One of the favourite activities in my Mobile junk and nature playground sessions is the mud kitchen. As you would expect, kids get pretty muddy while mixing wombat stew, mud pies and chocolate pizzas. Due to the open-ended nature of the play experience, mud will travel over to the cubby building areas, and get used as a fixing agent or wall cladding (like the wattle and daub days). Even the junk instruments can cop a mud coating. That’s no problem, because it is just mud, and it washes off.
Let’s deconstruct that last sentence. That’s no problem because it is just mud, and it washes off. Key words in that sentence are, no problem, just mud, and washes. These days fewer and fewer educators are concerned with messy play, as they keep up to date with the latest research and understand the enormous learning opportunities it can offer. Parents, on the other hand, seem to suffer mess aversion more than ever before. Every educator has heard a parent warn their child to stay away from the mud pit, or paints, and many have been approached by a parent, demanding their child be kept away from the messy play. Citing a busy work schedule, parents don’t have time to pick up a messy child, then have to clean them. Let alone all the hours spent scrubbing on the washboard to clean their clothes. I would love to print a t-shirt that says ‘Is your kids’ shirt more important than their education?’ A real dilemma is, how do we keep a parent happy, yet offer the best learning environment for their child.
If we uncritically follow the parents request, and guide their child away from messy play, what does this exclusion look like throughout the day. How does little Timmy feel, when all his mates constructed the deepest dam ever in the mud pit, while he gets to draw with crayons (not the red one though, because that stains). What about little Kelly in her Sunday best, having to use pencils instead of paint. How spectacular does her rainbow sunset look. These exclusive practices will affect a child’s wellbeing and connection to their learning community. Some sites have addressed this issue of exclusivity by totally removing messy activities, such as mud pits. That means, unchallenged parental concerns have removed amazing learning opportunities for all children, not just the ones whose parents don’t have automatic washing machines or bath tubs (washboards and outside hose downs must be the reason cleaning is too hard).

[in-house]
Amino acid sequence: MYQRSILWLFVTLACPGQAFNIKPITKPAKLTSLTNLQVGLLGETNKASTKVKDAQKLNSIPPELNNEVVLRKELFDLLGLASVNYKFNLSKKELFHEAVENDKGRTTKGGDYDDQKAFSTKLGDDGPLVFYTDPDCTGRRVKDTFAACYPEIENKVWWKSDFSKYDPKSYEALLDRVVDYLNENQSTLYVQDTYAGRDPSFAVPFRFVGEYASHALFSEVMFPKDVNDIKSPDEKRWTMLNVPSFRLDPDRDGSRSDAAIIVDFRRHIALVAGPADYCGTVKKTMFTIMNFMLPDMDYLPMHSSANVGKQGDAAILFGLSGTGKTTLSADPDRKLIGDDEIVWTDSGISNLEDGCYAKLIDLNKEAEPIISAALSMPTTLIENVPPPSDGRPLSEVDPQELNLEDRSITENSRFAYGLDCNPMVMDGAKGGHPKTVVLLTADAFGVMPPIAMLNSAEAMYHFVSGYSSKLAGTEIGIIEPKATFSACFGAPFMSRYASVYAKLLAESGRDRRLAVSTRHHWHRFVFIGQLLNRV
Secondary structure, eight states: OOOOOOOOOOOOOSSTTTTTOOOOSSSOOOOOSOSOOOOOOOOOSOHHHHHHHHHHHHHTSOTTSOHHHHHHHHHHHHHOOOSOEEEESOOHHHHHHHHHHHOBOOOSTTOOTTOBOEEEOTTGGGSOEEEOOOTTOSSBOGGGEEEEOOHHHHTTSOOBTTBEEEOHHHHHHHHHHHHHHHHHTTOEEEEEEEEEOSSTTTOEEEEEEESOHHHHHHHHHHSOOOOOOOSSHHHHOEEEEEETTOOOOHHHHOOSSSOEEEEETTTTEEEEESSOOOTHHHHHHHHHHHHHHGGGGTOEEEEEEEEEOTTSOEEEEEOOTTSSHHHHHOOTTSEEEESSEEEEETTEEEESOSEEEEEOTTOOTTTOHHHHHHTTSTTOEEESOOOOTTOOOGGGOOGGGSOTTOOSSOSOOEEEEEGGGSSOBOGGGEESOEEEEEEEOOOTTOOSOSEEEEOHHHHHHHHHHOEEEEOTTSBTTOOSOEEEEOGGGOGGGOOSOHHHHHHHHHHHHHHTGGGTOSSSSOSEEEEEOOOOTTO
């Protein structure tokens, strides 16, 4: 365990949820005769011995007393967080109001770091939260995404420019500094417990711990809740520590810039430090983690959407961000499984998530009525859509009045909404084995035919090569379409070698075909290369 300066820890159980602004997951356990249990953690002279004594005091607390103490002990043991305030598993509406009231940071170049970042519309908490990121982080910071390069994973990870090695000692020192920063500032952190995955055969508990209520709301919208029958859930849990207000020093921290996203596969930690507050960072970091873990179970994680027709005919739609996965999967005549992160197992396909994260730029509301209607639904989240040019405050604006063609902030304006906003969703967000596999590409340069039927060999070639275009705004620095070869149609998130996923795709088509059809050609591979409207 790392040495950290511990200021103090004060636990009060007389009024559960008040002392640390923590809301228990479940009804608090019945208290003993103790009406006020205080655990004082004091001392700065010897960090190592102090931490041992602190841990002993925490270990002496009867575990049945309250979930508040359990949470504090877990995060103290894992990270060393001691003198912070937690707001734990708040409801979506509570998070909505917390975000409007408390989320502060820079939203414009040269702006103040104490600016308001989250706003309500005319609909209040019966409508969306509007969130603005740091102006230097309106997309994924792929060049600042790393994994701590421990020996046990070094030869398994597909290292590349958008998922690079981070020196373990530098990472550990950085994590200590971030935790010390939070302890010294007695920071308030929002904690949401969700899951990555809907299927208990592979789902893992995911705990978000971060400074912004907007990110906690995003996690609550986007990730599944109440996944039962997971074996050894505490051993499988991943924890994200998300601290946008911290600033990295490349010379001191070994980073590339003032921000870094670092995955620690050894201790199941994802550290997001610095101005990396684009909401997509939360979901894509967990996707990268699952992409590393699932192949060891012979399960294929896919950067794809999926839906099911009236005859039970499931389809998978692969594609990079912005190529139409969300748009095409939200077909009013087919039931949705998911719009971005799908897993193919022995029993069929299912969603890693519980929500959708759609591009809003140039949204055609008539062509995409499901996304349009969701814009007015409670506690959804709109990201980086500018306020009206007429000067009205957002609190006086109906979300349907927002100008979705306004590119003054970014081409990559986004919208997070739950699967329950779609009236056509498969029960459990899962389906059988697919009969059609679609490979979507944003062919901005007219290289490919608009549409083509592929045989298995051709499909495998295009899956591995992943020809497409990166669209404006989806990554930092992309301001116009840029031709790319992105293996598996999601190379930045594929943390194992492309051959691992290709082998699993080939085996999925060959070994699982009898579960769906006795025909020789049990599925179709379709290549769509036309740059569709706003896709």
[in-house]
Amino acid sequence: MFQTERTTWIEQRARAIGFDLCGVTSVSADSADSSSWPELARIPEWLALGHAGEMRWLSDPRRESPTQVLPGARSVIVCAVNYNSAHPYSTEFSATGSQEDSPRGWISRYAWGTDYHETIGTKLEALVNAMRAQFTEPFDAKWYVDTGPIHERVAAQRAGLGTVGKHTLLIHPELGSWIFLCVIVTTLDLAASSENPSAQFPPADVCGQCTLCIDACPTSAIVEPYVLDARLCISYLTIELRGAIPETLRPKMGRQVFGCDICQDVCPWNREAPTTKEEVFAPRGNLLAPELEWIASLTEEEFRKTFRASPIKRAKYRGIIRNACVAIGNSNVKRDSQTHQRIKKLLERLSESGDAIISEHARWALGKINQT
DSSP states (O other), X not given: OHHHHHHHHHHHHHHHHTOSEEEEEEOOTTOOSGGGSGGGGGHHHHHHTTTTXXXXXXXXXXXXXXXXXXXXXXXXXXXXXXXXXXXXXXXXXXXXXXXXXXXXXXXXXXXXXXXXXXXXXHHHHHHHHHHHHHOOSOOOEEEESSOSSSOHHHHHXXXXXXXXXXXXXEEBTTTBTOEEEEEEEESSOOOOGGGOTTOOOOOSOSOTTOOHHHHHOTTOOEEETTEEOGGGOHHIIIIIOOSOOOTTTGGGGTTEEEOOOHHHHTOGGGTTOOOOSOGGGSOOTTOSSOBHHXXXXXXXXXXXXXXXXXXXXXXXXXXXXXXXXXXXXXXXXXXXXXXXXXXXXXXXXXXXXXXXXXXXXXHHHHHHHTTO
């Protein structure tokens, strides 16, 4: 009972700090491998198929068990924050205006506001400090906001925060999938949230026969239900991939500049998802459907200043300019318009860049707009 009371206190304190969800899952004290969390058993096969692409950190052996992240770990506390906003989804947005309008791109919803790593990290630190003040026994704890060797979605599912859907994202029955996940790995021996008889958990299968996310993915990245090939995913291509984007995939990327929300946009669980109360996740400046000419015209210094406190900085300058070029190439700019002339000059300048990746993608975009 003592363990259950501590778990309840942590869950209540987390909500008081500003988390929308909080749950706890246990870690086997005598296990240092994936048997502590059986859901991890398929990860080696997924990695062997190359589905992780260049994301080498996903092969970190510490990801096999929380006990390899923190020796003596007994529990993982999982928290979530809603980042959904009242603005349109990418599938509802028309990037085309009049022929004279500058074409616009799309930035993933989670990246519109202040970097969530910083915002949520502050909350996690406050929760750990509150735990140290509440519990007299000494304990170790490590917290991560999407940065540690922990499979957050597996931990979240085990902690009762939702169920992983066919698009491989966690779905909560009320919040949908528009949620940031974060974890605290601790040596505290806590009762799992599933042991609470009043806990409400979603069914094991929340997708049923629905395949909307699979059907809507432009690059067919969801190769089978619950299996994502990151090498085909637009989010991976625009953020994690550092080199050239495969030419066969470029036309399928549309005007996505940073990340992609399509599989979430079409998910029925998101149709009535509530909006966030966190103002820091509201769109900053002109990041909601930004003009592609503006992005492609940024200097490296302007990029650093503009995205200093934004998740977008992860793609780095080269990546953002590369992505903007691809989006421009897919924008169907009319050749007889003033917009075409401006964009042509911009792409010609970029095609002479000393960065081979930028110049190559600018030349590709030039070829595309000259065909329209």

The Early years learning framework has children’s learning at the core, yet one of its principles is to work in partnership with parents. How do we counsel these two opposing forces? A few strategies that I have seen over the years seem to be successful.
Have messy play clearly articulated in your site philosophy, parent handbooks and newsletters.
For all new parents, knowing what the sites pedagogical values are before they enrol, will give them the opportunity to know what to expect. They can make a choice if this site is right for them.
Document the hell out of messy play learning.
It’s hard to be averse to a messy play activity, when the immense learning contained in it, is made visible. Whether this is done with annotated photos, learning stories, or through parent discussions, making messy play learning visible is a salient strategy. One site videotaped their child constructing a dam with friends. The play was purposeful, creative, social and full of problem solving. When the parent saw how getting dirty was a side effect of amazing learning, and not the main game, she understood it better.
Have messy play clean up procedures.
Some sites get the kids out of the mud pit and cleaned up half an hour before pack up time (the kids change themselves and put their dirty clothes in their bags). The site provides boots, and spare clothes if needed. Other sites get parents to supply ‘work’ clothes that the kids change into before they head off for their days’ messy work in the kindy.
Listen to the parents
Some parents feel that dirty children are neglected children. They need to be wearing clean clothes in good repair to reflect the care they are giving as a parent. They worry what their community will think if their child is seen walking around covered in dirt, with holes in their knees. This is a real concern that shouldn’t be discounted, as these images are often connected to neglect and abuse. Working in partnerships means, two sides work together to arrive at a point where it’s a win-win situation. If a parent feels they are being discounted, while the educator feels they are the professional with all the knowledge, then trusting relationships cannot be forged. By listening to parents and together working towards addressing their concerns, rich learning environments can be created.